Is the Earth Crying?
With a resumption of the arrival of spring, after a set back of a few days in mid-March, all of us really rejoice in a Low Country Spring. The profusion of colors, the sweet aromas of flowers opening and yes, the coughing and sneezing because of the release of so much pollen really tells us that the earth is still in the business of creation and regeneration.
So what’s the big fuss about climate change? What’s the concern about human ecological damage? There seem to be so many voices crying in the wilderness about what’s affecting our atmosphere, water, green space, waste creation and the continuing misuse of our planet. My response is this: they can’t all be wrong. Even in my small universe I see the changes happening. There’s a reduction in the songbird population, water is warming, green space is disappearing, I fill up to the brim my blue recycle bin with regularity. I burn petroleum products, I create waste materials, I take up too much space, I throw away too many things that can be recycled: clothing, out of date food, old tools, used garden products, batteries and so on. Where does it all go? As long as it disappears from my pile of clutter, should I care?
Christianity has been late to this party despite good thoughts about stewardship. There is a greater need for the stewardship of the earth. On Ash Wednesday we repeat a statement of confession about our “waste and pollution of your creation, and our lack of concern for those who come after us.” There is a prayer for the stewardship of the earth, on page 259 of the Prayer Book.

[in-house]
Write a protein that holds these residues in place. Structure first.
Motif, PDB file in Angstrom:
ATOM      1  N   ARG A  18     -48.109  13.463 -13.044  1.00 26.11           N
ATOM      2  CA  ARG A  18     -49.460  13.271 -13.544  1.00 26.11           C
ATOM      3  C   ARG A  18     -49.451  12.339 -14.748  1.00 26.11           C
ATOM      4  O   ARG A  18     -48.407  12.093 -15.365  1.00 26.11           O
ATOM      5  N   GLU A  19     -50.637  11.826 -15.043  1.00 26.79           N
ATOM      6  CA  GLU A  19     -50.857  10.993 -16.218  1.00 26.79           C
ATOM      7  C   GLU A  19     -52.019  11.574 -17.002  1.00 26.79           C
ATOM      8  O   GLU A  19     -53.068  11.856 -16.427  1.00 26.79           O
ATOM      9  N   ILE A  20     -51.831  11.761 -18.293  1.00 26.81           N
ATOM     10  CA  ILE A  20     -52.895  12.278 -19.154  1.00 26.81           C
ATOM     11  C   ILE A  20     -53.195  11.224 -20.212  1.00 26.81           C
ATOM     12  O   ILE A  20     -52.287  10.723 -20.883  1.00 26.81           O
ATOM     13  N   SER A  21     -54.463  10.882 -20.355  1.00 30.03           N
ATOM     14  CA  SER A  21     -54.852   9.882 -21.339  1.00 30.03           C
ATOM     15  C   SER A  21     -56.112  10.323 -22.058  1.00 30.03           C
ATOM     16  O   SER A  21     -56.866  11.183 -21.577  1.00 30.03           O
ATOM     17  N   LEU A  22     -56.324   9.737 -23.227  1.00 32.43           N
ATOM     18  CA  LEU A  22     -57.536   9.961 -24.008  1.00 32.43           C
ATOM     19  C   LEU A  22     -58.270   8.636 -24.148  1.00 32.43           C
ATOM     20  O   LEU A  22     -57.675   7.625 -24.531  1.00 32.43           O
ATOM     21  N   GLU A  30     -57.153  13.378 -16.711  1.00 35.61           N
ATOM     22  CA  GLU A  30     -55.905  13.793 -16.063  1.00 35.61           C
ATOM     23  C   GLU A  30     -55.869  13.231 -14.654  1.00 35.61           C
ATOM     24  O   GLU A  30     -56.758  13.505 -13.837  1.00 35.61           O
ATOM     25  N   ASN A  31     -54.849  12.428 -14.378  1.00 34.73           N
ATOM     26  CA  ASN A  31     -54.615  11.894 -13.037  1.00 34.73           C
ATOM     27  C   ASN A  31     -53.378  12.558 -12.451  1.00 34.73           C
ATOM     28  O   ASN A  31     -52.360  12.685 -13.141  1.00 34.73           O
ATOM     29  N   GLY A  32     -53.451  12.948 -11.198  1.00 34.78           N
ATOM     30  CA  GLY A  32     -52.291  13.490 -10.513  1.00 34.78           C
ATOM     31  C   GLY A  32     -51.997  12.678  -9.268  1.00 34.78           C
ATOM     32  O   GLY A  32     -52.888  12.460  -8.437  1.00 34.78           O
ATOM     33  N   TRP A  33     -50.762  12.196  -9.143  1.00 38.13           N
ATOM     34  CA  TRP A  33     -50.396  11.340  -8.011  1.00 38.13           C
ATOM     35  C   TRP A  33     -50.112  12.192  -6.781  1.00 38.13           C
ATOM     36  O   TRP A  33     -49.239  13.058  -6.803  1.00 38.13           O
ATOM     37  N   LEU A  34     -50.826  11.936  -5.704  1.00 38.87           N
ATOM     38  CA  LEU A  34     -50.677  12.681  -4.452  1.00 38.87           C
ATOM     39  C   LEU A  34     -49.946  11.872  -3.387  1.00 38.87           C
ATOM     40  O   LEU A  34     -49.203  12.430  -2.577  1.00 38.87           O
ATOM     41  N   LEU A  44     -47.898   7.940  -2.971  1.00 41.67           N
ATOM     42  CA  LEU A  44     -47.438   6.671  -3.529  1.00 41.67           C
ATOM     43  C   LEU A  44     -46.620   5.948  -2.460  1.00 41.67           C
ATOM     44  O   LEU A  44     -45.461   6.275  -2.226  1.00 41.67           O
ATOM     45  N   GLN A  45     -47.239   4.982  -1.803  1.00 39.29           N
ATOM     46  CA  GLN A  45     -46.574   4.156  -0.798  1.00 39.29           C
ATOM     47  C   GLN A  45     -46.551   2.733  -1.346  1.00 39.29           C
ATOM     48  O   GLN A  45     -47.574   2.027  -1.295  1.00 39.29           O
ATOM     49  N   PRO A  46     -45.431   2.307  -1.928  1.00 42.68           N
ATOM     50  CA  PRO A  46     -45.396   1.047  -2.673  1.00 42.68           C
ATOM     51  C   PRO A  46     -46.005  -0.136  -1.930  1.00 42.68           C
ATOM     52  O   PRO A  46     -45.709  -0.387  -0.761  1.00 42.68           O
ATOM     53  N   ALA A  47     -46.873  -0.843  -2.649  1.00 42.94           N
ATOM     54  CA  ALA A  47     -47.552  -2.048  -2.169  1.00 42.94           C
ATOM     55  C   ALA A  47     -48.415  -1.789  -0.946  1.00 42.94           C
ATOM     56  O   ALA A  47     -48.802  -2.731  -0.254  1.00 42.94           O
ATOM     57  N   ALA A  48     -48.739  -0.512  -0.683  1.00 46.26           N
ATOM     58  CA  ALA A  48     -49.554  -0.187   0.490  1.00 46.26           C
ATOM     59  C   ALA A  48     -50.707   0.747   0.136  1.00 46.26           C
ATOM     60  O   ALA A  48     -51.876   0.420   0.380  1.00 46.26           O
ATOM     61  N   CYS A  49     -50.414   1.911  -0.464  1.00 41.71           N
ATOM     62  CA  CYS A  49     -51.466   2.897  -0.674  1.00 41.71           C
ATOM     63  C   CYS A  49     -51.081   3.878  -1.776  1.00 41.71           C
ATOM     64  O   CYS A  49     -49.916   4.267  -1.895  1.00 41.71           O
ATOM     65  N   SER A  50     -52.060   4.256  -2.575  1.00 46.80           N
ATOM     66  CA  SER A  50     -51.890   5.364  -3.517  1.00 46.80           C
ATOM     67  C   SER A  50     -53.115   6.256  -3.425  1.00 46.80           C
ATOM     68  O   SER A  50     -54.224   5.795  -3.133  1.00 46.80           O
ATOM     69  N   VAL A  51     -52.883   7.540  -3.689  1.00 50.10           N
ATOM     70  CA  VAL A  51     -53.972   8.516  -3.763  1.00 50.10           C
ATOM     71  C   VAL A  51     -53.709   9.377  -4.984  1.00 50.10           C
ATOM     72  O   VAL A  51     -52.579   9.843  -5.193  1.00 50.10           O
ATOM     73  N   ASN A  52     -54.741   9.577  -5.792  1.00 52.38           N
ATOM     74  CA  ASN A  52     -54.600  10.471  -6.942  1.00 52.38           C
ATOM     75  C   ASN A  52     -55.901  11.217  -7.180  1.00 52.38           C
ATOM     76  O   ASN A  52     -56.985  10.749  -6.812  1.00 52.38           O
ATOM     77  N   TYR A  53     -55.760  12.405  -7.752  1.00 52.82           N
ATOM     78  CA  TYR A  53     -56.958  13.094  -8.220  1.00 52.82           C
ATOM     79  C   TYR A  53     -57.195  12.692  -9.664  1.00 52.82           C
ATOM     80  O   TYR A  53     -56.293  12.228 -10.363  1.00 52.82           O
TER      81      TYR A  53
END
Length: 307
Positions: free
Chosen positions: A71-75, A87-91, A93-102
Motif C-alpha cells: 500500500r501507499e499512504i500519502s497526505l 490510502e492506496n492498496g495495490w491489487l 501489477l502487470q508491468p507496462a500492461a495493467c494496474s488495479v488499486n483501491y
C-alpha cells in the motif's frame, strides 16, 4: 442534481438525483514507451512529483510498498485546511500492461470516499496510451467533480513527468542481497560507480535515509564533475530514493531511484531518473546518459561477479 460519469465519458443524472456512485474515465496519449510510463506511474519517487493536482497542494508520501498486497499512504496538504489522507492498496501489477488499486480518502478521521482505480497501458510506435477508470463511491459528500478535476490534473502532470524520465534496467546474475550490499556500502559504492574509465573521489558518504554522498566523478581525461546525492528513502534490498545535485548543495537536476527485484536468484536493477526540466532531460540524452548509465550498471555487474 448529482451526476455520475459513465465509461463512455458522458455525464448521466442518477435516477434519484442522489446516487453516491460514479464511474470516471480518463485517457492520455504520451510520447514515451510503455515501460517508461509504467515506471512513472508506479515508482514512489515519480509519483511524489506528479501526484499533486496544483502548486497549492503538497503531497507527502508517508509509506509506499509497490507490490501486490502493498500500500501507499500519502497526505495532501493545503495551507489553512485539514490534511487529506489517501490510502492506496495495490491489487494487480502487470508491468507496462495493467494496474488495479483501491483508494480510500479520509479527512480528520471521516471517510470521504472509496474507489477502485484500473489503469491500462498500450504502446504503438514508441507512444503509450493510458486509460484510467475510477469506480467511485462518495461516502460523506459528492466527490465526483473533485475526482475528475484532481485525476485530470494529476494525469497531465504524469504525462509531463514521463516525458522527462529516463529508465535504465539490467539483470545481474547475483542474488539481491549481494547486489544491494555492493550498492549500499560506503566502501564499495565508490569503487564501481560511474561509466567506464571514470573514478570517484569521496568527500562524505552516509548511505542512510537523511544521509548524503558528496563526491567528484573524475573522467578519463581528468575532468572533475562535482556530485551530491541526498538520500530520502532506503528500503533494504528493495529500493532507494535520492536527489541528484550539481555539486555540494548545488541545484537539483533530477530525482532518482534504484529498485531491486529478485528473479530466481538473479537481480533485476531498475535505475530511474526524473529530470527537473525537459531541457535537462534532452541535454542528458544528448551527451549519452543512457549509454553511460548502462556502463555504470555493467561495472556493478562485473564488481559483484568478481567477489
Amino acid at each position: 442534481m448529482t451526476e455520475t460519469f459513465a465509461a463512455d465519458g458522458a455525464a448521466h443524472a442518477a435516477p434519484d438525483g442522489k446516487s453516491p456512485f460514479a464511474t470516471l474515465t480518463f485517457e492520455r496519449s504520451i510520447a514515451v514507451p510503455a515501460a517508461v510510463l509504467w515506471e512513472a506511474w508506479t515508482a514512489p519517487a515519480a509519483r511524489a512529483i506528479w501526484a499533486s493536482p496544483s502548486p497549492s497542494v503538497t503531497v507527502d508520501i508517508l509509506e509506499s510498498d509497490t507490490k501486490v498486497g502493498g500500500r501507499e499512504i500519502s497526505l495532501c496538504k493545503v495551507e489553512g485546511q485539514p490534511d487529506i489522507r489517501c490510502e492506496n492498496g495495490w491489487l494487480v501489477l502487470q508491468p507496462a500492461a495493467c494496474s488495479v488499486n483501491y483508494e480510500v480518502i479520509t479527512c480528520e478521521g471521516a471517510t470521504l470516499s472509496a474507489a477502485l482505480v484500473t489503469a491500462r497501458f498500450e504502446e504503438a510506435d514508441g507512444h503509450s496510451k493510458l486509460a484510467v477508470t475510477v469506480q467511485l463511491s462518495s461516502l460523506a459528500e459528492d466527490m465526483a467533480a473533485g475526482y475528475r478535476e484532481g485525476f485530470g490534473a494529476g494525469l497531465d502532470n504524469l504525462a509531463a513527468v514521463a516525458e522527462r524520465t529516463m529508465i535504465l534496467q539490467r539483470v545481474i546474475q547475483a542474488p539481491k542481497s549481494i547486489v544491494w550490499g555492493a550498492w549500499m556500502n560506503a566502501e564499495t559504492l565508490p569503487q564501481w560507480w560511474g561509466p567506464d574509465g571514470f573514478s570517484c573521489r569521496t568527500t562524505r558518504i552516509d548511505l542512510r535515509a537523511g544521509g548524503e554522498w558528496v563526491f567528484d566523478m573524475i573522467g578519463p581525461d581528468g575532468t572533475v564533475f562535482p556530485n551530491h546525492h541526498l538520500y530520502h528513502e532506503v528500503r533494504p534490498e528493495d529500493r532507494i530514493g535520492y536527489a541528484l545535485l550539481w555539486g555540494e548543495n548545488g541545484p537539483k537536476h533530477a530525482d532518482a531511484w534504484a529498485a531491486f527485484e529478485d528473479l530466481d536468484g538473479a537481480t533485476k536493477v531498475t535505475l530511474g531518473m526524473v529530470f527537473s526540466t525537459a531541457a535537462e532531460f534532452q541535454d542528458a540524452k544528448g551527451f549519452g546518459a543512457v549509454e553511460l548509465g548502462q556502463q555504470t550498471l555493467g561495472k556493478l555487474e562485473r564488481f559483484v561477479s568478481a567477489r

Often our response is that it’s too big a problem for individuals to do much about; so on we all march to a world compromised by our indifference. How can we make a difference?
Here are a few suggestions:
Use less of everything. Reuse your own stuff. Recycle other’s cast offs. Extend the life of what you have with good maintenance and care. Purchase things (food and household goods) that have minimum packaging. Use your own bags at the grocery store. Make more food at home instead of buying prepared items. Start a compost heap-the Internet will show you how, and grow your own. Use rain barrels instead of commercially treated water for outside use.
Above all, be mindful of every decision to use anything. Evaluate these purchases in terms of life of use, impact on environment, possible toxicity versus natural products and so on.
A final hint-teach your children and grandchildren to respect the earth. Please remind them, it’s the only home they’ll have.